2006 was undoubtedly the most successful year for Muaythai when in April it was confirmed at the World Congress in Korea, that Muaythai was overwhelmingly voted into GAISF and became a full member of the world sport community. His Royal Highness the Crown Prince of Thailand granted audience with the President of GAISF, the Privy Councillor to His Majesty the King, the IOC member of Thailand, the President of the WMC, the President and General Secretary of IFMA; in order to congratulate and show his appreciation for IFMA and Muaythai inclusion into GAISF.
In mid 2006, the largest World Championships and the first Muaythai Expo brought 82 countries of athletes, equipment manufacturers, event promoters and fans together under one event; an immense effort for Muaythai by IFMA.
2007 was another historical year for Muaythai and IFMA. Muaythai originated in Thailand hundreds of years ago and has become a world recognised sport today. To mark this recognition, the 2007 World Championships, was held in Thailand to celebrate His Majesty the King’s 80th Birthday along with the whole nation. Muaythai athletes from an unprecedented 100 countries travelled to Bangkok to participate, which made it the biggest single sport event ever held in the Kingdom of Thailand, and to honour the traditions and values brought to the world through Muaythai. The King’s Cup and closing ceremony of the 2007 World Championships was chaired by the President of GAISF Mr. Hein Verbruggen, along with 12 of the GAISF Martial Arts member federations.
IFMA started as a small federation with several enthusiastic countries more than a decade ago. Currently at the dawn of an exciting new century, the federation can claim 110 member countries worldwide with 5 continental federations under a sole and unified regulatory body.
Muaythai through IFMA has come a long way from its first World Championships in 1993 with a mere 20 countries participating to the most recent World Championships with an overwhelming participation of 100 countries.
Another great leap for Muaythai happened at the 2007 SEA Games when for the first time in the history of the sport, Muaythai was a fully recognised sport for both male and female.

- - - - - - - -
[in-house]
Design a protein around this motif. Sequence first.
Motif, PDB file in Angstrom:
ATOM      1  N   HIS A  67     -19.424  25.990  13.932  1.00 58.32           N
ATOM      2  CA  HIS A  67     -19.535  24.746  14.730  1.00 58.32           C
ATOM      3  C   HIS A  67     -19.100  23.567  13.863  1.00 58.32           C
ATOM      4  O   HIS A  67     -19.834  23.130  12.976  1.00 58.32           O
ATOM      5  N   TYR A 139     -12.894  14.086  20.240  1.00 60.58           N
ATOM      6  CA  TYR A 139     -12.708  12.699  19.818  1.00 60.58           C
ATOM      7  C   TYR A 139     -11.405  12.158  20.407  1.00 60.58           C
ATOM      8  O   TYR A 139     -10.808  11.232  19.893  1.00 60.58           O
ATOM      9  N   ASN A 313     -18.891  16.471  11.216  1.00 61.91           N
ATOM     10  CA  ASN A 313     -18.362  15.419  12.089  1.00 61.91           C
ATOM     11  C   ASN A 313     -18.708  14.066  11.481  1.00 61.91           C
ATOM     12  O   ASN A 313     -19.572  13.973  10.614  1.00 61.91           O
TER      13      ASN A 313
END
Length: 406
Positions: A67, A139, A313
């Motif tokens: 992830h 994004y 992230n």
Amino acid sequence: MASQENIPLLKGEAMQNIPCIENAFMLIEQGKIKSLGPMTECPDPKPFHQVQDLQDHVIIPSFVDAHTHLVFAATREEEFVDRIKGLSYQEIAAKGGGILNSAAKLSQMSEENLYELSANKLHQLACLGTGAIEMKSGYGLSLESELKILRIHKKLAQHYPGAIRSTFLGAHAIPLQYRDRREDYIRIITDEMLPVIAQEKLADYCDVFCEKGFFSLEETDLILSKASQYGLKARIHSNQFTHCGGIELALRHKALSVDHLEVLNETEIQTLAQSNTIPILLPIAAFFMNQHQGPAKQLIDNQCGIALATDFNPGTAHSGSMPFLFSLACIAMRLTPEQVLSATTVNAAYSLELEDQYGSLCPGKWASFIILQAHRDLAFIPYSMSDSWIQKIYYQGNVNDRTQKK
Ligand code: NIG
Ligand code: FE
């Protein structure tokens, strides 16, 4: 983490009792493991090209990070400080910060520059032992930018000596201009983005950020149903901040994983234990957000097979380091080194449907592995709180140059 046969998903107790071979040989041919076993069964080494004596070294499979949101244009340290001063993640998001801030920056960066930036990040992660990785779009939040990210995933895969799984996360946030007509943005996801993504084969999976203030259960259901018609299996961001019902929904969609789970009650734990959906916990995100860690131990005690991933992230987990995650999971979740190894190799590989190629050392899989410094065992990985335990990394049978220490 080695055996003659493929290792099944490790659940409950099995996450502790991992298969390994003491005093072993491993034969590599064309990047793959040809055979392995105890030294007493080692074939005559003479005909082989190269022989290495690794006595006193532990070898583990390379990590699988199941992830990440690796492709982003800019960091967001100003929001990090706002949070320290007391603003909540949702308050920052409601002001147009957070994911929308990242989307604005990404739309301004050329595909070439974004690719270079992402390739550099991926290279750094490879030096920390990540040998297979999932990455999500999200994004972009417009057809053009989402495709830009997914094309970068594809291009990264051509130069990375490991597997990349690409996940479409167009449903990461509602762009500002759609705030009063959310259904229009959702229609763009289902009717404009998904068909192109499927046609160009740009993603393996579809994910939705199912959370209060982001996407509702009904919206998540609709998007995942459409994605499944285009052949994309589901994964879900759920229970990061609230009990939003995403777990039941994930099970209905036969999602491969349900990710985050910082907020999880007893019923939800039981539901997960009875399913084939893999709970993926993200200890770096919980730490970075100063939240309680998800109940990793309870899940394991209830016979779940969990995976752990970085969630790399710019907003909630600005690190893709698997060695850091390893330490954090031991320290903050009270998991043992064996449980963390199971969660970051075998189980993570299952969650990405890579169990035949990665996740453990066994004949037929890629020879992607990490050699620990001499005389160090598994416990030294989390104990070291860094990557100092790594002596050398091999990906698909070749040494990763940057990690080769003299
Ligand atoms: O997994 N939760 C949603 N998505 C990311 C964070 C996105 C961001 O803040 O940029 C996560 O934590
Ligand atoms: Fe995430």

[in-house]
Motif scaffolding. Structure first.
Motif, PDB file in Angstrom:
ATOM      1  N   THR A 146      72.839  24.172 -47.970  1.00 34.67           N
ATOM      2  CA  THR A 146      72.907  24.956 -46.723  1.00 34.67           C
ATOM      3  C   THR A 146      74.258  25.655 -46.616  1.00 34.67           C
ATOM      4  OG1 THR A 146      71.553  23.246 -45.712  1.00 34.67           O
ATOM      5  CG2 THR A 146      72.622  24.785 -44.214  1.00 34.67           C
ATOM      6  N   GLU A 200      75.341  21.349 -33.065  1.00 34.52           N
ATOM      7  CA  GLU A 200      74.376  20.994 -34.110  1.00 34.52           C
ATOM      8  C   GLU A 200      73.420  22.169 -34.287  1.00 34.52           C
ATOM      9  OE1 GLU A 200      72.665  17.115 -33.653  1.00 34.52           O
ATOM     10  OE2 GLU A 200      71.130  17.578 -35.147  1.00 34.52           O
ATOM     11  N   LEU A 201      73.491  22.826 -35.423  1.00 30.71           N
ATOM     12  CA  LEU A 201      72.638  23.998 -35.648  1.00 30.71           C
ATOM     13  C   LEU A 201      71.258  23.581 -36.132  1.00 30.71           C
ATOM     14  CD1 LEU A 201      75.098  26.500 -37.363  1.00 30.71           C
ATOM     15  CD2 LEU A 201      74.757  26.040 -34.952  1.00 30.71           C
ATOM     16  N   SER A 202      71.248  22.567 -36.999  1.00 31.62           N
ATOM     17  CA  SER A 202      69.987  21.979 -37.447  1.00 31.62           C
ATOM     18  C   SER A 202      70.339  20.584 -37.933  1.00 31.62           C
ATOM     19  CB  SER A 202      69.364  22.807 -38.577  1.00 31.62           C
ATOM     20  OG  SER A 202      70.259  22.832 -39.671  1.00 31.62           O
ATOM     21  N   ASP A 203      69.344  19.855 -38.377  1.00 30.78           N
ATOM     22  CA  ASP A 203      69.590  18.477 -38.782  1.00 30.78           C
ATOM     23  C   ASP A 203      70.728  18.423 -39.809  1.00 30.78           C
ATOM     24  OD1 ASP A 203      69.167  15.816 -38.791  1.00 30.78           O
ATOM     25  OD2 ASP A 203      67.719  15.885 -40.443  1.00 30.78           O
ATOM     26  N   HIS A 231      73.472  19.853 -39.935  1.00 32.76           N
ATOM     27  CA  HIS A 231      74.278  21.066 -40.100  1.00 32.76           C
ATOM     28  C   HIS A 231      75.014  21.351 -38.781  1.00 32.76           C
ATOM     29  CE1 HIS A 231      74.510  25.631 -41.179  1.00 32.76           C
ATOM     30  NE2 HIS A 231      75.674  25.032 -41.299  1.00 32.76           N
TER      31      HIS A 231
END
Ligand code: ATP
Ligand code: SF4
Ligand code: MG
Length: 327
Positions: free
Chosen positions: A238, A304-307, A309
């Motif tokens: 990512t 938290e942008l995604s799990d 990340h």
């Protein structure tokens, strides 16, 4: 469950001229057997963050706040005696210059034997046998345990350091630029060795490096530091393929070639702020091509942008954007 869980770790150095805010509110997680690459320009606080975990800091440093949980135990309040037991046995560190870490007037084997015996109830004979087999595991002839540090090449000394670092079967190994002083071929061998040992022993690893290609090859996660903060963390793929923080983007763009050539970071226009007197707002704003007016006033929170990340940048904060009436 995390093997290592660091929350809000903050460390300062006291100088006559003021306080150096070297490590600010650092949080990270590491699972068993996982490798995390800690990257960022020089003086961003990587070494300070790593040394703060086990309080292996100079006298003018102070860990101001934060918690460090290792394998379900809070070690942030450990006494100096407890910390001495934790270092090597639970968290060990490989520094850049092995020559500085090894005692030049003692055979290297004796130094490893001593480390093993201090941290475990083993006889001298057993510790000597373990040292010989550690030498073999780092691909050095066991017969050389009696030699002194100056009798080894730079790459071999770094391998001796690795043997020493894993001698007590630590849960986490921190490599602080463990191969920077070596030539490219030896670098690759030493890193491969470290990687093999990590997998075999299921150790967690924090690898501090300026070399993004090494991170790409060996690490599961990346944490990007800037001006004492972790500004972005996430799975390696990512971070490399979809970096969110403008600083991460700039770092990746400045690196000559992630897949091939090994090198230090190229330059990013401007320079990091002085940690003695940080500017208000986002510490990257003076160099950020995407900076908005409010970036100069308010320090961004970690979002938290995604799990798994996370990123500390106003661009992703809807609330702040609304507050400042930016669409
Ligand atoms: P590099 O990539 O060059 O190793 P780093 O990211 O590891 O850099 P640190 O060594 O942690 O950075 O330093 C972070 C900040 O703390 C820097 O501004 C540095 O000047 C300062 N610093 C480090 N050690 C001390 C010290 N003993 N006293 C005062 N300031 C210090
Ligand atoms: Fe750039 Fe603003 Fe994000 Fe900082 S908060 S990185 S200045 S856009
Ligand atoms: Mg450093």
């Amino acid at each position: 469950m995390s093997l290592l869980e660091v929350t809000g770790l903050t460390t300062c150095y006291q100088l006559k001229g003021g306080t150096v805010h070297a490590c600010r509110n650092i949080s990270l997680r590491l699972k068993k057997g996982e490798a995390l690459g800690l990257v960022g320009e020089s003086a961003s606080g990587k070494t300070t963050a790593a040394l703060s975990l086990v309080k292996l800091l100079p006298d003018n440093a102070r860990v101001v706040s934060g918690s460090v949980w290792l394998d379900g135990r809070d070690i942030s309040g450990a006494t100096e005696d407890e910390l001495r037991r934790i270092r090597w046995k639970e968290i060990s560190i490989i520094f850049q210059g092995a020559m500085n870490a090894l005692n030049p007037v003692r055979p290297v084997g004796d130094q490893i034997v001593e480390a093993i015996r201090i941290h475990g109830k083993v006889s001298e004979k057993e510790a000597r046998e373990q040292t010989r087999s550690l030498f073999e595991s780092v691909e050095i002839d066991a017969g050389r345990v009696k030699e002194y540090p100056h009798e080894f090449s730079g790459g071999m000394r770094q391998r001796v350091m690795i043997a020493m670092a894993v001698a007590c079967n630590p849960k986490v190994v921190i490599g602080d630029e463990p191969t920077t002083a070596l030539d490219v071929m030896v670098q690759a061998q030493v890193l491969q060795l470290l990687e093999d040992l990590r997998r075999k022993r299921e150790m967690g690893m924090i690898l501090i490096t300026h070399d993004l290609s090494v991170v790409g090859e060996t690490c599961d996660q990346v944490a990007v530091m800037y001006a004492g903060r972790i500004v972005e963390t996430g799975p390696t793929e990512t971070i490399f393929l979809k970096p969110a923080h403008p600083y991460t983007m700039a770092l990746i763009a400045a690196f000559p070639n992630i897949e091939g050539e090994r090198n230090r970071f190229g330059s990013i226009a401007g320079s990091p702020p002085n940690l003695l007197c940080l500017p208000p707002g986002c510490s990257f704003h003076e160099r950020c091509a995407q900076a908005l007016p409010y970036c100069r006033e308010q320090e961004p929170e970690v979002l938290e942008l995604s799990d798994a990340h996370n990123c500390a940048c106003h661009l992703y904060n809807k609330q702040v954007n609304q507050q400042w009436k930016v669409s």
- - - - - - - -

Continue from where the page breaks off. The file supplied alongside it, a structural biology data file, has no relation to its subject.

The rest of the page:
2008 was another exciting year for Muaythai with the IFMA world championships being part of the TAFISA world sport for all games under patronage of the IOC. IFMA’s cultural exchange program involving kids from over 40 countries received highest accolades from private and public sector IOC members.
The highlight of 2009 was the IFMA world championships with 82 countries travelling to Thailand to participate in His Majesty the King’s 82nd birthday celebration. 2010 will be another milestone for muaythai and IFMA with the SportAccord combat games in Beijing. IFMA has given these games highest priority and promotional events will be taking place in all continental championships: the European Championships in Italy; Pan-American championships in Brazil; the African championships in Morocco, and the Asian championships in Uzbekhistan. IFMA will send their elite athletes to these games and is proud to be closely related with the other 12 GAISF / SportAccord–recognised martial arts.
IFMA has also started a roadmap to take Muaythai towards Olympic recognition, and the next milestone must be recognition by the IOC.
IFMA’s objective is the total unification of all national federations working mutually for the sport and the athletes. The enthusiasm and commitment of the members, boxers and officials are the greatest assets that IFMA brings to this ancient sport of Muaythai.